In the summer of 2013, less than four months after beginning her first coaching job at Loyola, Sheryl Swoopes gathered her team at a campus theater to watch an ESPN documentary about her emergence as one of the best women’s basketball players ever to compete, as well as her trials with finances and relationships.
In the ensuing months and years, as Loyola players acquainted themselves with Swoopes, some say another picture emerged, one of a coach who was extremely difficult to play for, prompting a mass exodus.
“Just because you’re a great player doesn’t mean you’re a great coach,” said Cate Soane, who transferred from Loyola after the 2013-14 season. “She was the Michael Jordan of women’s basketball. She didn’t know how to teach.
“In the beginning of the year (after watching the documentary), I actually felt bad for the things she went through. But at the end of the season, I was like, everything made sense. She seems to thrive off drama. Wherever she goes, the drama is.”
The Tribune spoke with five former Loyola players, three of whom requested anonymity, who said Swoopes’ unusual coaching style has caused many players to leave the program. In addition to Soane’s departure, five Ramblers transferred after the 2014-15 season, and the university has granted 10 of the 12 returning players from last season’s roster their requests to be released from their scholarships.
The volume of departures was serious enough that Loyola announced April 15 that it had launched an “independent and comprehensive university investigation” into the program.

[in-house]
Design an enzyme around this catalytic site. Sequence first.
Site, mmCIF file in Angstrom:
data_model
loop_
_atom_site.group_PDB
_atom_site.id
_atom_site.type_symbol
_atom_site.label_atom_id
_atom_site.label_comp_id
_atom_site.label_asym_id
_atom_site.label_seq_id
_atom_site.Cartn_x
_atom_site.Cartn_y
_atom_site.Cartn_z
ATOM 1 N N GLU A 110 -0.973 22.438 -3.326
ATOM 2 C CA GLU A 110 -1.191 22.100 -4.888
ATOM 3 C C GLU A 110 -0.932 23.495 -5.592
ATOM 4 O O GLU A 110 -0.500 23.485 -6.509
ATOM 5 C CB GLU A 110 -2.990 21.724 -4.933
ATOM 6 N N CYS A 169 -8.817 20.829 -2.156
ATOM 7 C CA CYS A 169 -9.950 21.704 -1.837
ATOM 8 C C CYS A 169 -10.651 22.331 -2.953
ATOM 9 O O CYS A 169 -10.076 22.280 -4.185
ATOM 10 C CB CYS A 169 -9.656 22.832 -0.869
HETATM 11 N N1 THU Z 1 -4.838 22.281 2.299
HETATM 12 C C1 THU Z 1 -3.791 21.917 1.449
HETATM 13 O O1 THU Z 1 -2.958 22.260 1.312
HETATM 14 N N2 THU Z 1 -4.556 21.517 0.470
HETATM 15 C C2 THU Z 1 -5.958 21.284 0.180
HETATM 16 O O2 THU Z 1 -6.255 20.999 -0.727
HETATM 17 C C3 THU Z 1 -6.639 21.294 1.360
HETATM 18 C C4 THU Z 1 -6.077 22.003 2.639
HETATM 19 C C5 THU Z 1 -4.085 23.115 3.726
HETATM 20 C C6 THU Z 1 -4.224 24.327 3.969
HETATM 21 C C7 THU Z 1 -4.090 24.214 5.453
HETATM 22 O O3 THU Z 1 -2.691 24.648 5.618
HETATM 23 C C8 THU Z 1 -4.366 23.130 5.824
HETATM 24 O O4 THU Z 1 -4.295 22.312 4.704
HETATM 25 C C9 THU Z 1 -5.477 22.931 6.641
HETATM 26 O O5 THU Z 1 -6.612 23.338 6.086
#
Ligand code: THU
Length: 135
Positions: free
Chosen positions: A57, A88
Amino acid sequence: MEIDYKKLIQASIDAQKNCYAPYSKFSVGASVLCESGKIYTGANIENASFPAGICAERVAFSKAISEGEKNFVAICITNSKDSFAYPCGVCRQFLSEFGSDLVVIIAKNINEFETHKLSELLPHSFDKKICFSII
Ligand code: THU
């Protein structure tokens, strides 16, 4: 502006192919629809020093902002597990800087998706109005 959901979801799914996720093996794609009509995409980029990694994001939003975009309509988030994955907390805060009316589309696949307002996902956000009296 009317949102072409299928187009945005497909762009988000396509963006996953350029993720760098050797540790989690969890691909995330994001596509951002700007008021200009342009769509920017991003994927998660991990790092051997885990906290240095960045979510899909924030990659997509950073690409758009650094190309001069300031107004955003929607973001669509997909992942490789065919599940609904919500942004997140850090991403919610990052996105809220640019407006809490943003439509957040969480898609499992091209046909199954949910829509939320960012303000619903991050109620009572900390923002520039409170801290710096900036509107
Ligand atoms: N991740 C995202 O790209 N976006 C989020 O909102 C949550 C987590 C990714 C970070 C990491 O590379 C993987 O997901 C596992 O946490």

Swoopes has declined to comment on any allegations. Loyola released a statement Thursday in response to Tribune inquiries that read in part: “Until the investigation is completed, the athletics department and women’s basketball coaching staff are conducting business as usual as we prepare for the 2016-2017 season.”
Nobody is accusing Swoopes of physical abuse or of violating any laws or NCAA regulations. There remains support for Swoopes: Chicago Hoops Express coach Jerald Davis said some players have a tough time competing for a coach with Swoopes’ standards, and the three recruits who signed in November still plan to join the Ramblers next season.
The Loyola investigation comes at a time of heightened scrutiny of how college athletes are treated, on and off the field. Last year, for instance, Illinois fired athletic director Mike Thomas in the wake of allegations of mistreatment in the football, women’s basketball and women’s soccer programs.
Swoopes, who had never coached before, came to Loyola with an almost unparalleled resume as a player: the first player drafted in the WNBA, a three-time league most valuable player and three-time Olympic gold medalist. Earlier this month, she was elected to the Naismith Memorial Basketball Hall of Fame.
But red flags quickly arose. Even before Swoopes’ first season began, the parent of a player lodged a complaint with then-athletic director Grace Calhoun, who had hired Swoopes in a surprising move.
The five players who transferred after Swoopes’ second season — Bailey Farley, Tiana Karopoulos, Destiny Washington, Cortney Williams and fifth-year graduate transfer Simone Law — included two players Swoopes recruited. Nine of the 10 leaving the team after last season were players Swoopes brought into the program.
The players who requested releases, according to sources, are freshmen Whisper Fisher, Grace Goodhart and Dakota Vann; sophomores Tashawnya Edwards, Ryaen Johnson, Sam Lambrigtsen and Katie Salmon; and juniors Taylor Johnson, Nieka Wheeler and Taylor Manuel, who transferred to Loyola from Purdue.